Even the fonts being used have evolved to reflect the new vogue. For the longest time, neo-grotesque fonts like Helvetica, Roboto, Lato, and Open Sans were the only ones used on the web. Neo-grotesque, which is slightly more “decorative,” was typically used for headlines, while its simpler style was typically used for paragraphs. Avoiding serif fonts seems to have been a trend.
Things have begun to shift over the past two years. Graphic artists and designers are known for their fearless experimentation with typefaces. These days they’re more open to combining serif and sans-serif typefaces.
It’s not easy keeping up with the many changes being made to website typefaces. Various effects, images, and videos are superimposed on top of texts, and the texts themselves may be animated by isolating and rearranging individual letters.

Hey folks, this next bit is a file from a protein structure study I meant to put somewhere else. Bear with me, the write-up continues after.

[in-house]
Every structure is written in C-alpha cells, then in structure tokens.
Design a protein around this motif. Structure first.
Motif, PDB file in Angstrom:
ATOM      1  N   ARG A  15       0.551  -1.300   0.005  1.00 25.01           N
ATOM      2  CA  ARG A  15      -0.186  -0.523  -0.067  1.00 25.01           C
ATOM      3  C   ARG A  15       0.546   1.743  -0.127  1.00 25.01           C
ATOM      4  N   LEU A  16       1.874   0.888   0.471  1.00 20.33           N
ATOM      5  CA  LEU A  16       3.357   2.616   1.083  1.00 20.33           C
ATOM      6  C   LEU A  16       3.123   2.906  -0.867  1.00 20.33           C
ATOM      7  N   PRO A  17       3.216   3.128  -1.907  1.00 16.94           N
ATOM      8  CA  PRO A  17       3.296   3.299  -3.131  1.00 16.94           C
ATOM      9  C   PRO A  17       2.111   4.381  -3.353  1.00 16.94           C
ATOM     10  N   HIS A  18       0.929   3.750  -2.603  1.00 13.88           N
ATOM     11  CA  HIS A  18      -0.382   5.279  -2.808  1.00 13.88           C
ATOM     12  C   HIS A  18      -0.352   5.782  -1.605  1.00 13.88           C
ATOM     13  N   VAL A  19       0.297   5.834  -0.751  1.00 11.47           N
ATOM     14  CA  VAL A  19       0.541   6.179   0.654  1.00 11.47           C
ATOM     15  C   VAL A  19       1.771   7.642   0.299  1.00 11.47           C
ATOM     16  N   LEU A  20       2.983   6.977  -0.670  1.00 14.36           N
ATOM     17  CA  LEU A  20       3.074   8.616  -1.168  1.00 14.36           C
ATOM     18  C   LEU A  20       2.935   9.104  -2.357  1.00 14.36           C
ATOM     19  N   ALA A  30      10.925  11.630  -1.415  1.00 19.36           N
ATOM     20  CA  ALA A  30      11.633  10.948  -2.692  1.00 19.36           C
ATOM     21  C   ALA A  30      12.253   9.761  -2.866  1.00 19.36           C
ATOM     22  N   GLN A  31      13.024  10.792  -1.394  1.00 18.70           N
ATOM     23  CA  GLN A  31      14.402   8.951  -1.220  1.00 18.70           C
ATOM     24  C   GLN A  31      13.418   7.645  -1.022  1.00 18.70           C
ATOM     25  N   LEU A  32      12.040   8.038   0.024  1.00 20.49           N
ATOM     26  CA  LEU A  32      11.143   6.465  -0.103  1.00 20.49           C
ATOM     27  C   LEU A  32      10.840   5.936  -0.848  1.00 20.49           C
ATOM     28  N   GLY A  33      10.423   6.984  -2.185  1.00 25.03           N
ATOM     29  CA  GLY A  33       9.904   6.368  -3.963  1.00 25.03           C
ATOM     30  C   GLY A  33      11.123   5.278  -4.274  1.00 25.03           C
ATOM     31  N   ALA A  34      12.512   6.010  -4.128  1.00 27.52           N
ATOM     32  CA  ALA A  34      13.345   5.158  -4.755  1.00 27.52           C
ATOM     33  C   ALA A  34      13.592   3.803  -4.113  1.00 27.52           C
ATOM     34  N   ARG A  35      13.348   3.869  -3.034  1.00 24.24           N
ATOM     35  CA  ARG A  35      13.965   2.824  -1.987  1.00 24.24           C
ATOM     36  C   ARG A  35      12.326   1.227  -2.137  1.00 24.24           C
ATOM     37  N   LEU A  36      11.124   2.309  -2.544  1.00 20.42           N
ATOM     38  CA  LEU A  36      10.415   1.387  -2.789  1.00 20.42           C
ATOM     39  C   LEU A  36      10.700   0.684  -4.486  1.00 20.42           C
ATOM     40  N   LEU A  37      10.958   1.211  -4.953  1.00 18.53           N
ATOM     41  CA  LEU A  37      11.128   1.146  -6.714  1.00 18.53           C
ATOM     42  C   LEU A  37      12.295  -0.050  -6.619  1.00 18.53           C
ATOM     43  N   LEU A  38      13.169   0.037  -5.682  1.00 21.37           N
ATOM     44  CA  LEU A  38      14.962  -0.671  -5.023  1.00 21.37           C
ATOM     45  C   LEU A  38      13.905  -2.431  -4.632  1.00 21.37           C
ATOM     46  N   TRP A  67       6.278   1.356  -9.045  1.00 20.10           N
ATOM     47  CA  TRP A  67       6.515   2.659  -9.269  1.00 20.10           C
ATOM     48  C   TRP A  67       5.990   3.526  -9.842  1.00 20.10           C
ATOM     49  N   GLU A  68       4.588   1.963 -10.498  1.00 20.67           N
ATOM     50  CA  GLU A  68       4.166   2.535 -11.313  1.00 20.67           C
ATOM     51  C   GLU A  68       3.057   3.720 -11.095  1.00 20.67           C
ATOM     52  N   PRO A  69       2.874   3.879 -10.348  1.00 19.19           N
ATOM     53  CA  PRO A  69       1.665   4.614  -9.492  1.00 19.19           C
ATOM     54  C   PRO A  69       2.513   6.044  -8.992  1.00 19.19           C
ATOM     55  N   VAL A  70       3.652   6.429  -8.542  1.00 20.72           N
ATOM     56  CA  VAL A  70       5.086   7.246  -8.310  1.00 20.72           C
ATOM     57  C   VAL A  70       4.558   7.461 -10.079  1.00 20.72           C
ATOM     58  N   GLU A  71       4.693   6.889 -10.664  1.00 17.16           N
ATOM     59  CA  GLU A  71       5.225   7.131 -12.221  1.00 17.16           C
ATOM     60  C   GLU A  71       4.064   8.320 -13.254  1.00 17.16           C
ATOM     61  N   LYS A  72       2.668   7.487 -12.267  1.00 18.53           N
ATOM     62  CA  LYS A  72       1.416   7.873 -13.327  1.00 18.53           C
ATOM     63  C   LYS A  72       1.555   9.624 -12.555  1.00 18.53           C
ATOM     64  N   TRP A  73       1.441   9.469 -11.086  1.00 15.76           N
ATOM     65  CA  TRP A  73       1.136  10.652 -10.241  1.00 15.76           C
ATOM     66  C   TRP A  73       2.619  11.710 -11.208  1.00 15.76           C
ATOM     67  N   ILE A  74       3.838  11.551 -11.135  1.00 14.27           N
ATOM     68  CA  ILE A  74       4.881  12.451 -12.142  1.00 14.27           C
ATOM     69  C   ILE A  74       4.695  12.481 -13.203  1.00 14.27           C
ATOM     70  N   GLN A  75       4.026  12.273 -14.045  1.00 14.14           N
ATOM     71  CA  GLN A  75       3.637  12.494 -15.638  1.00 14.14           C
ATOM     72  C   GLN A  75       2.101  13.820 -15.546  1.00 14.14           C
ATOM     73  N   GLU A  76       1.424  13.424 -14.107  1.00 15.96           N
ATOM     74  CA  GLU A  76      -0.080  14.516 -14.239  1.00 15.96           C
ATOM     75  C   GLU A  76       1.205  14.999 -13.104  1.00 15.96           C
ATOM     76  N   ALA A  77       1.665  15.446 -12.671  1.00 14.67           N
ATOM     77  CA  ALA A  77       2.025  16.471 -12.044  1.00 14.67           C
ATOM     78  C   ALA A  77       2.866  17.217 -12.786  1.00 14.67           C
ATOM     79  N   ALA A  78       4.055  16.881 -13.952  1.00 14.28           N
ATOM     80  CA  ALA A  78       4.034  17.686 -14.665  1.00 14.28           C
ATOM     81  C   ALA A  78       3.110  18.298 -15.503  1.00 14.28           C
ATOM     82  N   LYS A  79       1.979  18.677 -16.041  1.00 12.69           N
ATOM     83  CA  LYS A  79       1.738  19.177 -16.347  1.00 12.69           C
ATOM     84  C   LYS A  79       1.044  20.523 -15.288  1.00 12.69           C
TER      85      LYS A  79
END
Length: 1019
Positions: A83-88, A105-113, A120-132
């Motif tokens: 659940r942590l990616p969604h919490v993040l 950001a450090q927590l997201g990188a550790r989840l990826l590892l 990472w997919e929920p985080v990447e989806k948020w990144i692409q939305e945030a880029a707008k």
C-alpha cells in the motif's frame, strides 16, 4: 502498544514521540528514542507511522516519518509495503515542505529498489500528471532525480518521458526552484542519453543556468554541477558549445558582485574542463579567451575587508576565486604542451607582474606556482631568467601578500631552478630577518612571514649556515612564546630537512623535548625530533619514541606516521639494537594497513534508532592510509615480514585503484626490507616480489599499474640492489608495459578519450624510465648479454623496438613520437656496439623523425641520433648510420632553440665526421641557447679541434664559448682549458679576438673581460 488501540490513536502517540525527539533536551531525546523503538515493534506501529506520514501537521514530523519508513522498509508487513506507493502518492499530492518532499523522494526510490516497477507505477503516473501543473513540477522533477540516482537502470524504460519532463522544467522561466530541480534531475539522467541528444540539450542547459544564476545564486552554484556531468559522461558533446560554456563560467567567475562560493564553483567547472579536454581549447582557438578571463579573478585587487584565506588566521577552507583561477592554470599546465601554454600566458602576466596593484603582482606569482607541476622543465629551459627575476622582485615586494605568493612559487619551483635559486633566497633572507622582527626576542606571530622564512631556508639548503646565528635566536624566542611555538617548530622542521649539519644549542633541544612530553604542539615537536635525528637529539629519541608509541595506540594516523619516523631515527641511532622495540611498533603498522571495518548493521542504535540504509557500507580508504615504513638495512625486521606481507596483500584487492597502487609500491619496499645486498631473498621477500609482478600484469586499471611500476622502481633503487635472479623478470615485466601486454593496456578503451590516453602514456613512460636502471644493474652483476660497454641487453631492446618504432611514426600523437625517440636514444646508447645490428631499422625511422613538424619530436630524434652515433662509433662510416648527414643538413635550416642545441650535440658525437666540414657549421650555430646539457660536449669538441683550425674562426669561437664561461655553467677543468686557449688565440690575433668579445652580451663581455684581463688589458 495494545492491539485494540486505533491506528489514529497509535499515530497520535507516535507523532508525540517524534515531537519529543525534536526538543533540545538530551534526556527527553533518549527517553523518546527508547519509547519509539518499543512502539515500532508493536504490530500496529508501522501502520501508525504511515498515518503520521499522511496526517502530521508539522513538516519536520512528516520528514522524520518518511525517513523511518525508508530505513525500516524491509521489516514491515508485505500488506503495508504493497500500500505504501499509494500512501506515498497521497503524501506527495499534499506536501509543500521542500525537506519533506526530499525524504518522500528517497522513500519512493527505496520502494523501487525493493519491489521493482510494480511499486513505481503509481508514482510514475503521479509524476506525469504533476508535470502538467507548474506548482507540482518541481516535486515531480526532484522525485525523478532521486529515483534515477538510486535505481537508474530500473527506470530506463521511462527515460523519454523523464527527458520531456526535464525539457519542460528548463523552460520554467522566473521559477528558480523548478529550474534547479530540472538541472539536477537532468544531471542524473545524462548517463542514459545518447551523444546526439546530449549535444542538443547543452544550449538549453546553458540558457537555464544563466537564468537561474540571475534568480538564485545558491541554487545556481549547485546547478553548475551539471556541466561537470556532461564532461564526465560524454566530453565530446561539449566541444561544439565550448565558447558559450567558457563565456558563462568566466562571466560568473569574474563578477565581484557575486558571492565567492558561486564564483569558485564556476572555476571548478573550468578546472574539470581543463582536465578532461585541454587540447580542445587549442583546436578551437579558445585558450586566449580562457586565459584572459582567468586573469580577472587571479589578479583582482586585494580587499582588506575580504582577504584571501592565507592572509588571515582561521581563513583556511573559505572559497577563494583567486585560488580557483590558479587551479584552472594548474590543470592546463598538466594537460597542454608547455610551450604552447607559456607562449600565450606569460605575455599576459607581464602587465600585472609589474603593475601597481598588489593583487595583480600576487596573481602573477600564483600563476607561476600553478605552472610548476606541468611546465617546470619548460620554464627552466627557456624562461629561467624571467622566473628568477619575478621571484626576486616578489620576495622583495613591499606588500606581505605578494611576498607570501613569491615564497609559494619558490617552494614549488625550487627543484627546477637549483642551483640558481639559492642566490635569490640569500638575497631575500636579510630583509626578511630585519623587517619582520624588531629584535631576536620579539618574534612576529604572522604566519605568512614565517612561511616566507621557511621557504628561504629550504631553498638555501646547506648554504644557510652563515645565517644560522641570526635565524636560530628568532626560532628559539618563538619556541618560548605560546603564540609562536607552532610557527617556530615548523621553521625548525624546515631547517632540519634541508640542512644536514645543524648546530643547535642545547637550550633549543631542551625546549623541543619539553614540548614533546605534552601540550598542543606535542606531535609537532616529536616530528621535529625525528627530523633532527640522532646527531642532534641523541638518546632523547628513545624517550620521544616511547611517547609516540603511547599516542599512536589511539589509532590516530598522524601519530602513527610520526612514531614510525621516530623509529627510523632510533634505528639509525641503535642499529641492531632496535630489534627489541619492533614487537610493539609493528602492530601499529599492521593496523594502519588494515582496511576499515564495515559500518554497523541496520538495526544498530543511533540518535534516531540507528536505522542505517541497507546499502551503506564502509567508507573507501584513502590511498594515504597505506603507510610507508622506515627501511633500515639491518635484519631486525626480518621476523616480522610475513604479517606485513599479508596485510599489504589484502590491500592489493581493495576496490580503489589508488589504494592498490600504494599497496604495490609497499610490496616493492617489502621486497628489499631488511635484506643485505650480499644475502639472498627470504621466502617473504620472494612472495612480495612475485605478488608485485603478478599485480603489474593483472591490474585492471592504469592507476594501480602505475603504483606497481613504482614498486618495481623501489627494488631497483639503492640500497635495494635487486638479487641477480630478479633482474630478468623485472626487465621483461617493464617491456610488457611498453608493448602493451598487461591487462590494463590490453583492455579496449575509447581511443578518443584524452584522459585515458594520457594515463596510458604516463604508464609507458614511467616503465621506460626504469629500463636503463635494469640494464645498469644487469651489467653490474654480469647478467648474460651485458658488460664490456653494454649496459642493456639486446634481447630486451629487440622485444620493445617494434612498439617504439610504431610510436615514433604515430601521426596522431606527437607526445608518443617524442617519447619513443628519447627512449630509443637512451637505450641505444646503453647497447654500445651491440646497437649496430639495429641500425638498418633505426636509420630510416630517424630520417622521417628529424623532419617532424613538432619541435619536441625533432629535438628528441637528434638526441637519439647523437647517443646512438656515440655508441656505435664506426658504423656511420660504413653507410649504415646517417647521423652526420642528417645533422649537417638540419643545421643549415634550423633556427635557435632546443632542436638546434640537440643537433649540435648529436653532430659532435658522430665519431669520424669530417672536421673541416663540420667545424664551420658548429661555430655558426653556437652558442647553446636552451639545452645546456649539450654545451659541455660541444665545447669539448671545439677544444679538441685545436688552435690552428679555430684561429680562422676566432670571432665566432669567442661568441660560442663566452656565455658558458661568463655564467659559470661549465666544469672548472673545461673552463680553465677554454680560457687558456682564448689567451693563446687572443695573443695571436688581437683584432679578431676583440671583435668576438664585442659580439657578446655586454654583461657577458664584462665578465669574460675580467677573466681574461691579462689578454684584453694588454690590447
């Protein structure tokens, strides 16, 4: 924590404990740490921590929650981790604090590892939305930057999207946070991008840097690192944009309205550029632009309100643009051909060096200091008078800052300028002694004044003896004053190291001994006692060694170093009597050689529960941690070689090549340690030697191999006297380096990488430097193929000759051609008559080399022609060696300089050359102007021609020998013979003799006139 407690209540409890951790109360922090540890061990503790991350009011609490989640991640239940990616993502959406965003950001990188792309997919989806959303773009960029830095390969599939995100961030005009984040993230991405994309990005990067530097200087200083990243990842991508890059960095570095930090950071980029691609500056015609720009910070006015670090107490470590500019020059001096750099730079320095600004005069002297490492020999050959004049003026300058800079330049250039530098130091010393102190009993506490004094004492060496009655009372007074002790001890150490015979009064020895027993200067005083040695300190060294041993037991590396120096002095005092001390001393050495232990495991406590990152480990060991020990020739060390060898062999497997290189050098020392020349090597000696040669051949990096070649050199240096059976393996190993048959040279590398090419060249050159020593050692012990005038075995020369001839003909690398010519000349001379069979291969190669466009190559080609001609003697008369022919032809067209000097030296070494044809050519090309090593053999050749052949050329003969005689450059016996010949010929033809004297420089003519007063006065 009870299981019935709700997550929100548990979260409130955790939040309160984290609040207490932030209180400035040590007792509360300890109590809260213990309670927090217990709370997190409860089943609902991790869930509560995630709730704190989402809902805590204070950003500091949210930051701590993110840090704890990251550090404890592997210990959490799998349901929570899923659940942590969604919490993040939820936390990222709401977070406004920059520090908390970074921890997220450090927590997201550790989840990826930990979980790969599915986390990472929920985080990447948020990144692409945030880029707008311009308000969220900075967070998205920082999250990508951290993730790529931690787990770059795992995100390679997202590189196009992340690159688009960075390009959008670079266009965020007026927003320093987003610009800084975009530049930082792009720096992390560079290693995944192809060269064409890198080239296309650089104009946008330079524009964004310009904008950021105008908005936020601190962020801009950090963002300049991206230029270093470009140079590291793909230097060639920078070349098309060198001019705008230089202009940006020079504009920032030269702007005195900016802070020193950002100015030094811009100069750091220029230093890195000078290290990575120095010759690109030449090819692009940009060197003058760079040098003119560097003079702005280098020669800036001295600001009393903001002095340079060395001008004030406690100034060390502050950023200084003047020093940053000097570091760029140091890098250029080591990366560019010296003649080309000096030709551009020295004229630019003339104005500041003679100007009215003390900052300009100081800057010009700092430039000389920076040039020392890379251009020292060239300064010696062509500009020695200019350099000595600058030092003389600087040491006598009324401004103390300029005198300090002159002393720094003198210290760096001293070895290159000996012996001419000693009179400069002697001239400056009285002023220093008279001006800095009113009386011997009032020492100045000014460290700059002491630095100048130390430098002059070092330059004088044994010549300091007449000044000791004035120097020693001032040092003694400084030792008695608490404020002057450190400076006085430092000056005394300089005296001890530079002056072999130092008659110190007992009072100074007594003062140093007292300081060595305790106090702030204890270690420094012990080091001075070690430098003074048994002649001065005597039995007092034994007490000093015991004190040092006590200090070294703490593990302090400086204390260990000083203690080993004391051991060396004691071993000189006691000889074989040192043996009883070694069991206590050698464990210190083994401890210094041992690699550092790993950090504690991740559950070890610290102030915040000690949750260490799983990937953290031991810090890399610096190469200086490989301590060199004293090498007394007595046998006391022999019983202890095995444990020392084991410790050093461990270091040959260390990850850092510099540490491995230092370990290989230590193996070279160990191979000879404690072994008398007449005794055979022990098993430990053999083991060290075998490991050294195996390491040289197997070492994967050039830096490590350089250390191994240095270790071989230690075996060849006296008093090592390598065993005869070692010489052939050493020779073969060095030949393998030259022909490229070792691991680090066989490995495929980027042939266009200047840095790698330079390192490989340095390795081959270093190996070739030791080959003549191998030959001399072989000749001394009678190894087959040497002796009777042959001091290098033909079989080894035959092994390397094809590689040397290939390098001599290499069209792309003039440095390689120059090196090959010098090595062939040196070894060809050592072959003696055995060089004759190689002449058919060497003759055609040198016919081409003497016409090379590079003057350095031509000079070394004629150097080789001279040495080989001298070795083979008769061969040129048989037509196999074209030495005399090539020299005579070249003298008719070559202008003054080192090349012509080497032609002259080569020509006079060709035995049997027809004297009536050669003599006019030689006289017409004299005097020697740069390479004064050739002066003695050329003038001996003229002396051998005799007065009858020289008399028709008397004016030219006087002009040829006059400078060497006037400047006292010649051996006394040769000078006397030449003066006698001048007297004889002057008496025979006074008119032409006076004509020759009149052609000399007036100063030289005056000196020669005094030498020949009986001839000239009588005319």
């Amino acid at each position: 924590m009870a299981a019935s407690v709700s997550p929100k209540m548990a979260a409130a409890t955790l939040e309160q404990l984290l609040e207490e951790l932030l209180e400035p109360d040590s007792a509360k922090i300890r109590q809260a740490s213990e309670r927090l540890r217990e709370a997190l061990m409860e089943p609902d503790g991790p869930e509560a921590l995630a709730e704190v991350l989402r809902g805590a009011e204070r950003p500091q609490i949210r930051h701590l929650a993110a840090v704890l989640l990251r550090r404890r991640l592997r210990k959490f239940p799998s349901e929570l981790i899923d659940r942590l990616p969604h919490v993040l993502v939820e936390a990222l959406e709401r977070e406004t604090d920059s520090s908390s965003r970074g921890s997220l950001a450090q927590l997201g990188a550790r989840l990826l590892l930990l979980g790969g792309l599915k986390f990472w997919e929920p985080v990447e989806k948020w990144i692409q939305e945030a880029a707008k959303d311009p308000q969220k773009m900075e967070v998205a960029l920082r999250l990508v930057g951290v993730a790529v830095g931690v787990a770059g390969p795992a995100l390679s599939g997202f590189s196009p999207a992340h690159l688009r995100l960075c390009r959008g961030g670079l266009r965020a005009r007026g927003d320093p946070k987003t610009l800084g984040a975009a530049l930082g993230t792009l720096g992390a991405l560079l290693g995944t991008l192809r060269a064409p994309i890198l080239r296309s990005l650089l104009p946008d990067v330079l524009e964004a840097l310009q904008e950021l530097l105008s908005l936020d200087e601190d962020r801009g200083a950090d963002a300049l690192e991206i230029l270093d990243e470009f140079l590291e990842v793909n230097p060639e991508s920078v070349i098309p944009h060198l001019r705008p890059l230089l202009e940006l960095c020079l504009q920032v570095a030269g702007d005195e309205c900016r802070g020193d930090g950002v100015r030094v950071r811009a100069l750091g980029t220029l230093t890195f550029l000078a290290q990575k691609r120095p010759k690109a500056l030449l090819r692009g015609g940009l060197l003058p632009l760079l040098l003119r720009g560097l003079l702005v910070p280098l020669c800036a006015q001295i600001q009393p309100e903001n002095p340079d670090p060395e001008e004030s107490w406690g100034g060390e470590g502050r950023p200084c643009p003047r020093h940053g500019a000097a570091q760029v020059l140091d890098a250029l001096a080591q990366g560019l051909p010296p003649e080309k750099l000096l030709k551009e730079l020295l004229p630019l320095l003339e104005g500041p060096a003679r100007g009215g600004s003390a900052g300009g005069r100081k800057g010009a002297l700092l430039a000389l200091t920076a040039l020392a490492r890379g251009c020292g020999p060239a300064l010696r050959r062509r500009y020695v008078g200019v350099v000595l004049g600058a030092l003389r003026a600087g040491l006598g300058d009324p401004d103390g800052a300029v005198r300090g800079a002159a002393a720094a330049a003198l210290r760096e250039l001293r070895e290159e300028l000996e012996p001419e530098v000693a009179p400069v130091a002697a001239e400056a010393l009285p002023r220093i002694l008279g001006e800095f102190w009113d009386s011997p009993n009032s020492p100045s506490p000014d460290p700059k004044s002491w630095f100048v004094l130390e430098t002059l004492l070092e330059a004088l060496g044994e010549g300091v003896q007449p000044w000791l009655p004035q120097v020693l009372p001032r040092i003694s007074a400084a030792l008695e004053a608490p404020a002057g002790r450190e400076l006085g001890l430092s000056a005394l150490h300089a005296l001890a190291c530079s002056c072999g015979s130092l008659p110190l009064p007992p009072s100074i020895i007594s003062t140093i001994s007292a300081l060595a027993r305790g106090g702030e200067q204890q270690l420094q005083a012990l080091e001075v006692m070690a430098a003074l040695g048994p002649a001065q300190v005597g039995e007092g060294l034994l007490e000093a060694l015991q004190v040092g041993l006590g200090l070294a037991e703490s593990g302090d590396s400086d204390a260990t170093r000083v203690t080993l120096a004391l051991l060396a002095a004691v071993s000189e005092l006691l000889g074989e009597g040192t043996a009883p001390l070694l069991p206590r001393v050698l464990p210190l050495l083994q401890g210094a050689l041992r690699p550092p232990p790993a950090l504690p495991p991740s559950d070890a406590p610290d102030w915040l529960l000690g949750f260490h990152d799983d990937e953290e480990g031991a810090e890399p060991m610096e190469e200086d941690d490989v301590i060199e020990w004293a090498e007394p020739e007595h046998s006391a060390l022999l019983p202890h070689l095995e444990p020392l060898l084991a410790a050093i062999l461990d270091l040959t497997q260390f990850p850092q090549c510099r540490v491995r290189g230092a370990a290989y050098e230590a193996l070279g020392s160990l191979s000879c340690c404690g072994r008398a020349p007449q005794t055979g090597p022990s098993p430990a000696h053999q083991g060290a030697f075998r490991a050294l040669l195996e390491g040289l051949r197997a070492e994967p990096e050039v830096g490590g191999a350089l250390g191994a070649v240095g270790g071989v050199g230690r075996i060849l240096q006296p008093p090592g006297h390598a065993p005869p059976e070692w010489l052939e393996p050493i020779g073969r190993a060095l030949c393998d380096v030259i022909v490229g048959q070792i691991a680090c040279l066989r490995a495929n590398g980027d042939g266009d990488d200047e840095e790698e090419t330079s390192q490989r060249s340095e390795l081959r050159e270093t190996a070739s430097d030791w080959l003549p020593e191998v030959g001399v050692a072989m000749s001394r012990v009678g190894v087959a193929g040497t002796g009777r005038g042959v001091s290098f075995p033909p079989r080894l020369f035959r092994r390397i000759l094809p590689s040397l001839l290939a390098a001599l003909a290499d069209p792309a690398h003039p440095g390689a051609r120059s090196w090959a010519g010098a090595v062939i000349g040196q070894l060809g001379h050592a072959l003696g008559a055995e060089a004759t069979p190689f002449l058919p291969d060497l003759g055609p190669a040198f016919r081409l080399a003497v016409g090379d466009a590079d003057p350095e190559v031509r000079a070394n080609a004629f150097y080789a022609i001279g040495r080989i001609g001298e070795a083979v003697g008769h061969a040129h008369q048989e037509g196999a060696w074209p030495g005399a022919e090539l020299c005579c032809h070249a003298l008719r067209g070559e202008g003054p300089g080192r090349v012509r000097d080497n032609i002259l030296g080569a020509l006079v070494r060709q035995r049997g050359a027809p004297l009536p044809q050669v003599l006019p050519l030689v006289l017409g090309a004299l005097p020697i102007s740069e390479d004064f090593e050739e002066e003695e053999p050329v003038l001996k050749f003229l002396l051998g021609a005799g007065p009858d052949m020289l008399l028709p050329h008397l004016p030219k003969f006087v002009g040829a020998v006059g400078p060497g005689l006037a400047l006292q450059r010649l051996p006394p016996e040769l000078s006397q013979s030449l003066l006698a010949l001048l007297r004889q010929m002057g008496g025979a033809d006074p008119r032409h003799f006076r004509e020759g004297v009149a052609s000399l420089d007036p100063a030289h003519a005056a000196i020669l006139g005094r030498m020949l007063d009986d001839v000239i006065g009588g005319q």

The expansion of web typographic variety is influenced by improvements in web typographic technology and by bolder design choices.
Italic and serif typefaces fell out of favour, while sans serif geometric typefaces like Futura, ITC Avant Garde, Proxima Nova, and Poppins and Montserrat from the Google Library rose in favour. They stand out more than the “invisible” neo-grotesques do. The use of heavier weight, as seen on the relatively ancient website hugeinc.com and on more recent sites like sequence.co.uk, startuplab.no, and www.protest.eu, contributes to a more “aggressive” and expressive tone on the web.
Serif typefaces are widely utilised, especially for large headlines but also for smaller text such as signatures and paragraphs. Those with more aesthetic value, like those found on duhaihang.com and jennyjohannesson.com, are the ones most frequently used. Bodoni and Didot-inspired typefaces are two other widely used options.